One of his sisters is an occupational therapist who treats patients with neurological injuries, including strokes, and he credits her work, as well as his mother’s sense of service to others, with turning his interest in robotics toward improving rehabilitation. “‘What is your life’s mission beyond personal gains? Are you helping people?’ I always heard that from my mother.”

After finishing his bachelor’s degree at his hometown university, he found himself at a crossroads. He had a job offer from Bajaj Auto, one of the largest automotive manufacturers in the world, and had been admitted to graduate school at the University of Massachusetts Amherst. A phone call from the professor with whom he wanted to study tipped the scales. He recalls his first flight at age 20, his first time seeing snow, and new friends who took him to the Burlington Coat Factory for a proper jacket.

His decision to pursue a Ph.D. at the University of Michigan was the first truly conscious choice of his career; all his previous moves were simply defined by his circumstances. “I liked the ideation, diving deep, all the math around it, but also communication and writing.” He loves literature, especially old classics in his local language, Marathi. Most of all, he loved the incredible developing technology. But something was missing. It lacked the human element, and he wanted his research to focus directly on helping people. Academic freedom allowed him to direct his research toward serving a need he saw.

A postdoctoral fellowship at the University of Washington helped him combine his passions for research and helping people. Some 800,000 Americans have a stroke each year. What could he do for these patients who are left with serious disabilities? His first faculty position, at the University of Maine, required him to focus more intensely — to build a lab, direct graduate students and get funding. There, he met Elizabeth DePoy, a professor of disability studies in their social work school, and she was the inspiration for Harmony. “She was inspiring me and others on the faculty to look at the needs of people with disabilities holistically,” he remembers. They were not thinking about rehabilitation, but only exercise machines for people with disabilities. “Initially we thought of this as a rowing machine for people with arm and hand disabilities.”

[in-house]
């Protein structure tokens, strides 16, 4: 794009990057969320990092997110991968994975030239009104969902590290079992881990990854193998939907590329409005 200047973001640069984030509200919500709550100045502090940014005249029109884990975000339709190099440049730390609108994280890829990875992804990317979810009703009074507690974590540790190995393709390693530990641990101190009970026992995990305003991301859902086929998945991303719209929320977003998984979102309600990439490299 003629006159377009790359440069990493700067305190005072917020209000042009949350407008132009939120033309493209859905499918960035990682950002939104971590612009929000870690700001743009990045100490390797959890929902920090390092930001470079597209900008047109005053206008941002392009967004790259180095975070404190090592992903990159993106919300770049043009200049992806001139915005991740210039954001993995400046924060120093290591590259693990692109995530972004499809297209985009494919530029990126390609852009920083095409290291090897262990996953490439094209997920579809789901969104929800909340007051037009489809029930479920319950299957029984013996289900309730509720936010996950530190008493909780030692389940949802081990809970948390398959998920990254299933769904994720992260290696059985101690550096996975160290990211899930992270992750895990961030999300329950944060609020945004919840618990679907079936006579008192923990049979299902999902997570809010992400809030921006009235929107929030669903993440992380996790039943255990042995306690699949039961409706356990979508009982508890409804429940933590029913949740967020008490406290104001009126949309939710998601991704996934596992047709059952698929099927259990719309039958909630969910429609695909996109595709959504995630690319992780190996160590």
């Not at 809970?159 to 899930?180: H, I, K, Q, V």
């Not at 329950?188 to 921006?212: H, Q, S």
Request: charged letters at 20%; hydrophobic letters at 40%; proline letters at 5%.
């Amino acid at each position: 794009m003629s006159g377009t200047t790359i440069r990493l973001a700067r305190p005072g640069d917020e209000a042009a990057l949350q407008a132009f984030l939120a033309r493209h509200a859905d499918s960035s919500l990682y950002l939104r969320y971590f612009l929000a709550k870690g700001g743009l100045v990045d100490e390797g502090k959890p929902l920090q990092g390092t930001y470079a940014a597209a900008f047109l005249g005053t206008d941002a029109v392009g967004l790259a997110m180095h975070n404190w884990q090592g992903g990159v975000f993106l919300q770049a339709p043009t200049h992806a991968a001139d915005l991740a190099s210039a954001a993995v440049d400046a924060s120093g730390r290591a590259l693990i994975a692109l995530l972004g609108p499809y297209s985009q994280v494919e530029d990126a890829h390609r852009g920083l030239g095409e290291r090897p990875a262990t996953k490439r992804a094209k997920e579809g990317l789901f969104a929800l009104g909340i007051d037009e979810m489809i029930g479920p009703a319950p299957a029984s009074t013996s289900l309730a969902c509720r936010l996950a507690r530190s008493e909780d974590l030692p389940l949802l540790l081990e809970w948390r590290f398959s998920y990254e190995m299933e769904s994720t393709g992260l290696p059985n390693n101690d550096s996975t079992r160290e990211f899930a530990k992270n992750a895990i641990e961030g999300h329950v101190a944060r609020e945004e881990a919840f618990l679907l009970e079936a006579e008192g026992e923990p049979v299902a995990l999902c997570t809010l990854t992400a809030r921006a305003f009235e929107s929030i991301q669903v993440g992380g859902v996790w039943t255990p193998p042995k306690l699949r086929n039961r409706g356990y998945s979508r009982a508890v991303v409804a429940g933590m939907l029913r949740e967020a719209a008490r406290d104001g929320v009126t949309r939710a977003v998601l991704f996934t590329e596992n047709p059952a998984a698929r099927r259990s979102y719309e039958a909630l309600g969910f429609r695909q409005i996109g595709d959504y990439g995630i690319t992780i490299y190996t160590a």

When he came to UT in 2011, he began focusing increasingly on stroke. He felt he was complicating matters by combining the upper and lower body, so he decided to focus only on the upper body. Two years after Harmony, he launched Maestro, a similar robotic interface to rehabilitate hands.

Why did he and his wife, biology professor Shalene Jha, pick UT? They were deciding between Yale, Tulane, UC-Irvine, Central Florida and UT, and it was Texas’s prestige and rankings that tipped the scales in its favor. “We loved the campus and the facilities. I liked the department vibe during the interview, and I had good faculty mentors. We could see ourselves right away living in Austin.” More recently they had an opportunity to go to the University of California, Berkeley that they passed on. “I have not regretted coming to UT for a single moment,” he says. “I get to work with amazing students and really good colleagues.”


I asked Deshpande, now 12 years into the Harmony project, what he could report in the way of successes, and his answer revealed the painstaking and incremental reality of the research in which I participated. He sees it in two phases. “Phase one is building a device that is a research platform that has lots of features allowing us to ask interesting, difficult questions, and we’ve done that.” Those questions include: Can they build a robot that is safe, that can move different parts of the body, that can measure all these different forces, and that can be highly responsive, so if the survivor can do something, the robot does not do that? “I think we have successfully accomplished that,” he said. “We’re very happy with it.” The team has shown that Harmony can help deliver therapy not only in a lab but also in a hospital setting, and there is a huge potential to improve outcomes.